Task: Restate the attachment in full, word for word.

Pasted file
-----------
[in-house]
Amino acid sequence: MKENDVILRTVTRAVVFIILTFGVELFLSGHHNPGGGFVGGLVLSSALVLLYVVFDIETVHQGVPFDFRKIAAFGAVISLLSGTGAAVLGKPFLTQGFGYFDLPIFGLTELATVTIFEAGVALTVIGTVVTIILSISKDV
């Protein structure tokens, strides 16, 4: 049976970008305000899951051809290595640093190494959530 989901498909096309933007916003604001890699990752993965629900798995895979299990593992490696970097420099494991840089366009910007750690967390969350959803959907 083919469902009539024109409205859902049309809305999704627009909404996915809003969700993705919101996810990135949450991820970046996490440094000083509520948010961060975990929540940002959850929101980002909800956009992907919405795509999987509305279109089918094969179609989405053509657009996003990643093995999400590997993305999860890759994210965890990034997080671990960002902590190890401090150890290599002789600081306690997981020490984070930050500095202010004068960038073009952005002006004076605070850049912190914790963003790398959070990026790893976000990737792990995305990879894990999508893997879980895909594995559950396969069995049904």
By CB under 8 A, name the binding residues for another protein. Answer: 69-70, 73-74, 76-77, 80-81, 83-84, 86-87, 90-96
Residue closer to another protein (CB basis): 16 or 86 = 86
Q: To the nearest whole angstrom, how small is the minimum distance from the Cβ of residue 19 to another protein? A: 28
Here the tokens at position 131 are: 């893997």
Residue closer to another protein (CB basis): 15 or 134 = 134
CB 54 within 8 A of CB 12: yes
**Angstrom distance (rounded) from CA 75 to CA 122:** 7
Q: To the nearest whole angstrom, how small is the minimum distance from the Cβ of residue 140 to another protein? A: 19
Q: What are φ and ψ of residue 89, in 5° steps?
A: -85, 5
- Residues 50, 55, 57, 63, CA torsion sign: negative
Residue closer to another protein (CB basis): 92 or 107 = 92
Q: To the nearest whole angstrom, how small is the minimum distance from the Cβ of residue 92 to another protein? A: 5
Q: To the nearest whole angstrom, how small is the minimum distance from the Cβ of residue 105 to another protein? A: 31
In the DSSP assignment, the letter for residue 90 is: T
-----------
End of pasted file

[in-house]
Amino acid sequence: MKENDVILRTVTRAVVFIILTFGVELFLSGHHNPGGGFVGGLVLSSALVLLYVVFDIETVHQGVPFDFRKIAAFGAVISLLSGTGAAVLGKPFLTQGFGYFDLPIFGLTELATVTIFEAGVALTVIGTVVTIILSISKDV
């Protein structure tokens, strides 16, 4: 049976970008305000899951051809290595640093190494959530 989901498909096309933007916003604001890699990752993965629900798995895979299990593992490696970097420099494991840089366009910007750690967390969350959803959907 083919469902009539024109409205859902049309809305999704627009909404996915809003969700993705919101996810990135949450991820970046996490440094000083509520948010961060975990929540940002959850929101980002909800956009992907919405795509999987509305279109089918094969179609989405053509657009996003990643093995999400590997993305999860890759994210965890990034997080671990960002902590190890401090150890290599002789600081306690997981020490984070930050500095202010004068960038073009952005002006004076605070850049912190914790963003790398959070990026790893976000990737792990995305990879894990999508893997879980895909594995559950396969069995049904």
By CB under 8 A, name the binding residues for another protein. Answer: 69-70, 73-74, 76-77, 80-81, 83-84, 86-87, 90-96
Residue closer to another protein (CB basis): 16 or 86 = 86
Q: To the nearest whole angstrom, how small is the minimum distance from the Cβ of residue 19 to another protein? A: 28
Here the tokens at position 131 are: 């893997």
Residue closer to another protein (CB basis): 15 or 134 = 134
CB 54 within 8 A of CB 12: yes
**Angstrom distance (rounded) from CA 75 to CA 122:** 7
Q: To the nearest whole angstrom, how small is the minimum distance from the Cβ of residue 140 to another protein? A: 19
Q: What are φ and ψ of residue 89, in 5° steps?
A: -85, 5
- Residues 50, 55, 57, 63, CA torsion sign: negative
Residue closer to another protein (CB basis): 92 or 107 = 92
Q: To the nearest whole angstrom, how small is the minimum distance from the Cβ of residue 92 to another protein? A: 5
Q: To the nearest whole angstrom, how small is the minimum distance from the Cβ of residue 105 to another protein? A: 31
In the DSSP assignment, the letter for residue 90 is: T